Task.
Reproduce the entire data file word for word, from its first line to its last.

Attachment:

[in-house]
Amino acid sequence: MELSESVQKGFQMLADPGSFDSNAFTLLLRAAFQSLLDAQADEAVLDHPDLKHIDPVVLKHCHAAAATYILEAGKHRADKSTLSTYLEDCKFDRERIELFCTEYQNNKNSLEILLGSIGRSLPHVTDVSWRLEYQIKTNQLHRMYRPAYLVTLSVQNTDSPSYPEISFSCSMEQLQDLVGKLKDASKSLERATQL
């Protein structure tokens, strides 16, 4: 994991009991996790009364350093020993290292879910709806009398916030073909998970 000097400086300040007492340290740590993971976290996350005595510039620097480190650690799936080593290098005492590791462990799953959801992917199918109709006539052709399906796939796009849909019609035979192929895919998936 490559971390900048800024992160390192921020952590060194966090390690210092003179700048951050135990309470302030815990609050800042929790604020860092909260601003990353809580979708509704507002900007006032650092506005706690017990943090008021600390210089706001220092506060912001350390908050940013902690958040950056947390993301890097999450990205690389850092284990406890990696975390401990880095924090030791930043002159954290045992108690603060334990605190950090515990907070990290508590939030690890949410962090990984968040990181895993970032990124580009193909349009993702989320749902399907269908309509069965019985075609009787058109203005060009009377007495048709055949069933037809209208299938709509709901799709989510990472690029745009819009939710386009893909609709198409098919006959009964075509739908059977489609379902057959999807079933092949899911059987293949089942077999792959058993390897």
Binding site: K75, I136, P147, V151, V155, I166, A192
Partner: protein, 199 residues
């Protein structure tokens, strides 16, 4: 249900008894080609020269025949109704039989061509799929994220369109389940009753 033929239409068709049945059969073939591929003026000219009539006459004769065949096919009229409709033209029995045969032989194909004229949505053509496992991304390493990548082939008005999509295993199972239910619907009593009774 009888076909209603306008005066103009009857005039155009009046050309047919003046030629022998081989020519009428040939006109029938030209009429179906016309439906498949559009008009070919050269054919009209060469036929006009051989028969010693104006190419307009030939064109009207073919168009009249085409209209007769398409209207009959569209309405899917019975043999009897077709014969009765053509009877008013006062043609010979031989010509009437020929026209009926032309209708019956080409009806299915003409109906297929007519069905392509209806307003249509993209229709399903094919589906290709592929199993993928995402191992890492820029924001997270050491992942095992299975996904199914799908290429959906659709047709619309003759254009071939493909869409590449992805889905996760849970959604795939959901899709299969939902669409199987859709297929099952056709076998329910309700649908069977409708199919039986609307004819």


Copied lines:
[in-house]
Amino acid sequence: MELSESVQKGFQMLADPGSFDSNAFTLLLRAAFQSLLDAQADEAVLDHPDLKHIDPVVLKHCHAAAATYILEAGKHRADKSTLSTYLEDCKFDRERIELFCTEYQNNKNSLEILLGSIGRSLPHVTDVSWRLEYQIKTNQLHRMYRPAYLVTLSVQNTDSPSYPEISFSCSMEQLQDLVGKLKDASKSLERATQL
């Protein structure tokens, strides 16, 4: 994991009991996790009364350093020993290292879910709806009398916030073909998970 000097400086300040007492340290740590993971976290996350005595510039620097480190650690799936080593290098005492590791462990799953959801992917199918109709006539052709399906796939796009849909019609035979192929895919998936 490559971390900048800024992160390192921020952590060194966090390690210092003179700048951050135990309470302030815990609050800042929790604020860092909260601003990353809580979708509704507002900007006032650092506005706690017990943090008021600390210089706001220092506060912001350390908050940013902690958040950056947390993301890097999450990205690389850092284990406890990696975390401990880095924090030791930043002159954290045992108690603060334990605190950090515990907070990290508590939030690890949410962090990984968040990181895993970032990124580009193909349009993702989320749902399907269908309509069965019985075609009787058109203005060009009377007495048709055949069933037809209208299938709509709901799709989510990472690029745009819009939710386009893909609709198409098919006959009964075509739908059977489609379902057959999807079933092949899911059987293949089942077999792959058993390897």
Binding site: K75, I136, P147, V151, V155, I166, A192
Partner: protein, 199 residues
């Protein structure tokens, strides 16, 4: 249900008894080609020269025949109704039989061509799929994220369109389940009753 033929239409068709049945059969073939591929003026000219009539006459004769065949096919009229409709033209029995045969032989194909004229949505053509496992991304390493990548082939008005999509295993199972239910619907009593009774 009888076909209603306008005066103009009857005039155009009046050309047919003046030629022998081989020519009428040939006109029938030209009429179906016309439906498949559009008009070919050269054919009209060469036929006009051989028969010693104006190419307009030939064109009207073919168009009249085409209209007769398409209207009959569209309405899917019975043999009897077709014969009765053509009877008013006062043609010979031989010509009437020929026209009926032309209708019956080409009806299915003409109906297929007519069905392509209806307003249509993209229709399903094919589906290709592929199993993928995402191992890492820029924001997270050491992942095992299975996904199914799908290429959906659709047709619309003759254009071939493909869409590449992805889905996760849970959604795939959901899709299969939902669409199987859709297929099952056709076998329910309700649908069977409708199919039986609307004819």